I have long felt that we need to stop comparing our selves to Europe and how they play, develop and organize soccer. We are not Europe!
Earlier I found this article which captures the same wrong argument made over and over again. (For those of you too lazy to follow the link, the is article below.) But, things don't get good until the comments (it's always better in the comments, right?!) These comments show the same circular arguments we always go through. The last guy hits the nail on the head.
10 years ago, I began coaching soccer. It all began when I felt the urge to be involved in competitive soccer again, but my playing days were over so I was going to have to be a coach. I was hungry to prove myself, I wanted to do a good job and be successful.
My first job was a girls JV coach at McKeel Academy. I devoted dozens of hours to being the best that I could. Every day we had practice and I poured my heart and sole into it. We finished 11-3 and I fell in love with coaching, cried my eyes out at the banquet and was totally, completely hooked. But, I noticed JV soccer was not as respected as the varsity team.
There is so much to say about this that I am not sure I can fit this into one post... so I am calling this part 1. Also, I am admitting to being totally biased here, I am going to come right out and say that I do not support development academy's. I fundamentally disagree with their premise, something I plan to explain in detail over the course of these blog posts.
I have always been in impressed with coaches and teams that give of themselves. It doesn't matter if it is though a service project, mentoring kids or helping in the community. I have always believed it is a good thing. This year McKeel Academy Girls Soccer is giving to Africa. (Just in case the link doesn't work...)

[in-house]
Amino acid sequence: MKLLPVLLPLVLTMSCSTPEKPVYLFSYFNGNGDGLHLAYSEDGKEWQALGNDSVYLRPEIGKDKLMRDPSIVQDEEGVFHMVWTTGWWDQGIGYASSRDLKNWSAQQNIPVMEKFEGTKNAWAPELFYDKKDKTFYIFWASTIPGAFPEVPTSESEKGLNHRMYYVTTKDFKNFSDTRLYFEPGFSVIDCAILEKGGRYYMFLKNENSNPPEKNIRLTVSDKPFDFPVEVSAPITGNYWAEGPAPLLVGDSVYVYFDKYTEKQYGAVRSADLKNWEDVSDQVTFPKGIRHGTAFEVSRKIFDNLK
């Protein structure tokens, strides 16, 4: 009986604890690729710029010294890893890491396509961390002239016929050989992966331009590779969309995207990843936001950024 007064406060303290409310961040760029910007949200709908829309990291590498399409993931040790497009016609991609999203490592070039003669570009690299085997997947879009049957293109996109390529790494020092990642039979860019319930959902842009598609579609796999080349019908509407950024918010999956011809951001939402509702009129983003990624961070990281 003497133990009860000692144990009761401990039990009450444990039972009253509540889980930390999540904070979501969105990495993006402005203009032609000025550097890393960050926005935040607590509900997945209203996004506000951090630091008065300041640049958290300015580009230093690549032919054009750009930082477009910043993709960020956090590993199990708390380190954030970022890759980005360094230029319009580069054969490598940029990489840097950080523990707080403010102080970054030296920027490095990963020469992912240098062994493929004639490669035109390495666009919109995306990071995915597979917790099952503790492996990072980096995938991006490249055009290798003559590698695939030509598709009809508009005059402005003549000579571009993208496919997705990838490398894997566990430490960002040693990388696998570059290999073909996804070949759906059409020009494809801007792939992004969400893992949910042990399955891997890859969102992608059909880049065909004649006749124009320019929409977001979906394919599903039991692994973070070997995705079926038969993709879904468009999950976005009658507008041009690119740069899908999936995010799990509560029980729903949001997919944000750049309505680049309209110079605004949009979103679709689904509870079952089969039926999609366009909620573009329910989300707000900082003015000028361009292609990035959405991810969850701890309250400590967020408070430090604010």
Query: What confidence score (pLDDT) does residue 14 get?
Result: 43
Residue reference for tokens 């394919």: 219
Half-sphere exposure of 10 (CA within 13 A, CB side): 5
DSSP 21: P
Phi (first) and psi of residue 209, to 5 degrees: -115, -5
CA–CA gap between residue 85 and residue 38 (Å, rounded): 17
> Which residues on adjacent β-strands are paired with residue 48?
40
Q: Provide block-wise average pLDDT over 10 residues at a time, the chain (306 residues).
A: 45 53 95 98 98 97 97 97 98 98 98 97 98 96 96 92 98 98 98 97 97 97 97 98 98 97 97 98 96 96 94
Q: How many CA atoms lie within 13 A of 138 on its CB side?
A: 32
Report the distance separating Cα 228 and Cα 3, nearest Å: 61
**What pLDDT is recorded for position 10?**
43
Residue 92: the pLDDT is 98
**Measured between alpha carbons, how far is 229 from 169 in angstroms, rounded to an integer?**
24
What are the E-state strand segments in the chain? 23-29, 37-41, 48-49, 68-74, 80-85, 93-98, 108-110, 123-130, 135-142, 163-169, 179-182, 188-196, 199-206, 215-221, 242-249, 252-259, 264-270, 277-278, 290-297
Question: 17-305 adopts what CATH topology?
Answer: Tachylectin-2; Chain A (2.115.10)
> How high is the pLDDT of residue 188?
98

"Girls share love of soccer around the world
The varsity and junior varsity girls' soccer teams of the McKeel Academy have set a goal to score as many goals as they can this season, and with every goal scored they will donate one soccer ball to children in Cameroon, West Africa. Last year the girls set a season goal of 100 goals. They surpassed that goal and plan to do the same this year, which means they will need to raise a minimum of $800 to purchase the soccer balls. Bread for Life Ministries has established "soccer for development" for the children of Cameroon.
These are by far the toughest decisions I make as coach; who starts, who plays, for how long and where.
In high school soccer, I coach the highest and most competitive level 90% of American kids will play. As such playing time is not going to be divided up evenly, nor does it have to be according to Dr. Nicole Lavoi, Associate Director of the Tucker Center for Research on Girls and Women in Sports However...
Every week, every game the starting 11 is up for grabs. If you want to start, get lots of playing time and play the position you want, you better meet three criteria to even be considered. First, physically show up to practice. If you don't come to practice, even for a good reasons, you miss the lessons on how I want you to play as a team, therefore you may not play. Second, when you show up, be there mentally also, with the right attitude. If you are physically there but mentally somewhere else, it shows in how you practice. It is painful to watch a group of players "practice" who aren't really practicing. Third, be a skillful player. Even if you attend everything and are mentally fully engaged you must be more skillful than the other players who have met the same criteria.